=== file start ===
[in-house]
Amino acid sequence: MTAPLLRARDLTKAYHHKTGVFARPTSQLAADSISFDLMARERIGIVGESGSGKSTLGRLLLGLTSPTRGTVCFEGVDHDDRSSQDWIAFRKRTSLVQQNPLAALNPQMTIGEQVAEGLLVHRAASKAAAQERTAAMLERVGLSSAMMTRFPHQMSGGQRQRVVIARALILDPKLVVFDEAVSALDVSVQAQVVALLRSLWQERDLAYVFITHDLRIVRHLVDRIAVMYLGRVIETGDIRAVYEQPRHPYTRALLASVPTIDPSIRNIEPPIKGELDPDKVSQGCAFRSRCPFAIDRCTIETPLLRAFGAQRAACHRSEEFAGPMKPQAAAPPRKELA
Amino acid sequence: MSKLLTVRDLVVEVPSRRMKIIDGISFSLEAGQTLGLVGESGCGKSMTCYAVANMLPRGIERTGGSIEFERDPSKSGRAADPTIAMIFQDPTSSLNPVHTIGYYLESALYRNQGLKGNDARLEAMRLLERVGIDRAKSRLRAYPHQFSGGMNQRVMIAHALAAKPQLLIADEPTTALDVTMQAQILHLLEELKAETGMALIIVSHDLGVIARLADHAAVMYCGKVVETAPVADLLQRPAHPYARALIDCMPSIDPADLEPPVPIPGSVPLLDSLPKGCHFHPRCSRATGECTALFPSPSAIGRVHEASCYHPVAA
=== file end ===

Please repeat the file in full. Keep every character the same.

[in-house]
Amino acid sequence: MTAPLLRARDLTKAYHHKTGVFARPTSQLAADSISFDLMARERIGIVGESGSGKSTLGRLLLGLTSPTRGTVCFEGVDHDDRSSQDWIAFRKRTSLVQQNPLAALNPQMTIGEQVAEGLLVHRAASKAAAQERTAAMLERVGLSSAMMTRFPHQMSGGQRQRVVIARALILDPKLVVFDEAVSALDVSVQAQVVALLRSLWQERDLAYVFITHDLRIVRHLVDRIAVMYLGRVIETGDIRAVYEQPRHPYTRALLASVPTIDPSIRNIEPPIKGELDPDKVSQGCAFRSRCPFAIDRCTIETPLLRAFGAQRAACHRSEEFAGPMKPQAAAPPRKELA
Amino acid sequence: MSKLLTVRDLVVEVPSRRMKIIDGISFSLEAGQTLGLVGESGCGKSMTCYAVANMLPRGIERTGGSIEFERDPSKSGRAADPTIAMIFQDPTSSLNPVHTIGYYLESALYRNQGLKGNDARLEAMRLLERVGIDRAKSRLRAYPHQFSGGMNQRVMIAHALAAKPQLLIADEPTTALDVTMQAQILHLLEELKAETGMALIIVSHDLGVIARLADHAAVMYCGKVVETAPVADLLQRPAHPYARALIDCMPSIDPADLEPPVPIPGSVPLLDSLPKGCHFHPRCSRATGECTALFPSPSAIGRVHEASCYHPVAA